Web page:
Sunday, April 11, 2021

How to Fix the Mess of Scheduling a COVID-19 Vaccine

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It is a jungle out there. Trying to schedule a COVID-19 vaccine is frustrating and time-consuming. Americans are spending countless hours refreshing web pages or hunting online for clues to help find an appointment.

Americans over the age of 65 are eligible for COVID-19 vaccines in numerous states in the U.S., but trying to get them has become a nightmare for many. Some older citizens have had to travel hundreds of miles to get their shot, and others say even securing an appointment is challenging.

According to The Wall Street Journal, people in Texas are signing up on multiple lists in grocery stores and clinics hoping to get a slot. In Nevada, online registration bumps hopefuls from county websites to state websites and back.

Experts predict the struggle to get appointments will become even more difficult once vaccination opens to the public at large. According to an opinion article written for Fast Company, the mass confusion is caused by poorly designed websites and the lack of a central preregistration site that could coordinate prioritizing and scheduling shots for U.S. citizens.

Tinglong Dai, an expert in healthcare operations management at Johns Hopkins University, says, “the best solution to vaccine appointment scheduling lies in building a trustworthy one-stop preregistration system.”

Dai says, with everyone scrambling to get appointments, websites have been crashing with the high volume. With limited vaccine supply, everyone is trying get appointments at the same time, so available slots are taken quickly.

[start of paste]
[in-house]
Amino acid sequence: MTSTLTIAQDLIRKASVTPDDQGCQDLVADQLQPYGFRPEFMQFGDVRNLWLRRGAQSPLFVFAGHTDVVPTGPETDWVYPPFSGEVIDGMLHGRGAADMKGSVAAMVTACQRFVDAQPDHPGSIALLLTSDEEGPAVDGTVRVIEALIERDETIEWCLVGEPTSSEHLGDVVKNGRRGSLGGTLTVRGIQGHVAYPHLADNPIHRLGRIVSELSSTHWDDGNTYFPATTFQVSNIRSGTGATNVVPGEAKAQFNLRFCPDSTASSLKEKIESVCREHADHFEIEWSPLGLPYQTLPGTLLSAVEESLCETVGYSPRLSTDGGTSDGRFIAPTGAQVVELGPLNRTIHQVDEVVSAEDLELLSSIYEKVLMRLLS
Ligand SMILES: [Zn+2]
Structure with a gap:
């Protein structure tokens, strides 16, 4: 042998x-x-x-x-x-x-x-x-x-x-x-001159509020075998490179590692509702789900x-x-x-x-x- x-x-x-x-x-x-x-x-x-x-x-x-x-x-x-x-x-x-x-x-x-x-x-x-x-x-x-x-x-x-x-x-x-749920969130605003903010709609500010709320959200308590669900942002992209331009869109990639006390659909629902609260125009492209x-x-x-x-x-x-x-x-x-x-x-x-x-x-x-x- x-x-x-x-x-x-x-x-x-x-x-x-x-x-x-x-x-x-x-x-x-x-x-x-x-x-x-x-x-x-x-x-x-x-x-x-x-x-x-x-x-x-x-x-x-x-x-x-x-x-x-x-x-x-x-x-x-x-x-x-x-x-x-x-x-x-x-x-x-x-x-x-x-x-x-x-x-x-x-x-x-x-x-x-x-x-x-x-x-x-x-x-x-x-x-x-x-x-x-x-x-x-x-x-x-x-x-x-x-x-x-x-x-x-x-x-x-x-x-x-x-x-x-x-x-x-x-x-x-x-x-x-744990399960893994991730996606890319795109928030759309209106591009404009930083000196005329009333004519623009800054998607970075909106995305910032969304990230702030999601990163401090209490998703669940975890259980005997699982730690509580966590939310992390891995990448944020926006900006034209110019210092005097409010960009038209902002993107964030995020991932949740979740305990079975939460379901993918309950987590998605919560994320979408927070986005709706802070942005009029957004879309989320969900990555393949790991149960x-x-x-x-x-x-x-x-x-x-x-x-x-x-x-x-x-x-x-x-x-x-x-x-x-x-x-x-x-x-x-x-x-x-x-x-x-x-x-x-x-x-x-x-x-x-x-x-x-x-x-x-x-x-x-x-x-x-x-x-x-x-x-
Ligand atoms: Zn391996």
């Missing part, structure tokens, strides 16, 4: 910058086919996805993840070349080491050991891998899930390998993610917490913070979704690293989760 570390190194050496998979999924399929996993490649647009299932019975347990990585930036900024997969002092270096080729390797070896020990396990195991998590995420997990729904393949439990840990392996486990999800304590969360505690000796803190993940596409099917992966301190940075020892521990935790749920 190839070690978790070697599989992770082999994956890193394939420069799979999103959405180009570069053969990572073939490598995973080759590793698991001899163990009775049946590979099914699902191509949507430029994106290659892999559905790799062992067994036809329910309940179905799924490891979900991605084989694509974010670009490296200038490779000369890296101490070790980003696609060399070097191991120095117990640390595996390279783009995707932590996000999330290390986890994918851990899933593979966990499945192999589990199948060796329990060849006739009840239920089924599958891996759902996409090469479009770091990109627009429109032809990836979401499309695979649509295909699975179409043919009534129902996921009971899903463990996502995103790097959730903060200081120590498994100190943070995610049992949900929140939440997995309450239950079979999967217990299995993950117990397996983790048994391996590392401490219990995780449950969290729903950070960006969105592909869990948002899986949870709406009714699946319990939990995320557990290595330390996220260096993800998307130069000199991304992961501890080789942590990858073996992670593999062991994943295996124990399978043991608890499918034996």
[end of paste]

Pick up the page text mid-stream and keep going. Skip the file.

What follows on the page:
The expert says Israel, a country that has been successful in vaccinating almost half its population, leads the world in COVID-19 vaccinations.

“Citizens do not need to actively sign up for vaccine appointments,” he writes in Fast Company. “Rather they are notified when they become eligible via text messages and can then make an appointment.”

This preregistration helps reduce the load of calls and emails to vaccination sites and helps avoid wasted vaccine due to no-shows. With an active waitlist, says Dai, vaccine planners can more easily match supply and demand.

Both West Virginia and Minnesota have initiated state preregistration systems and so far, the process has been much smoother than the free-for-all reported by other states.

“With limited vaccine supply, the traditional sign-up model has proven to be both inefficient and inequitable,” writes Dai. “Moving away from that model and establishing one-stop preregistration systems is one key to resolving the painful vaccine scheduling process.”

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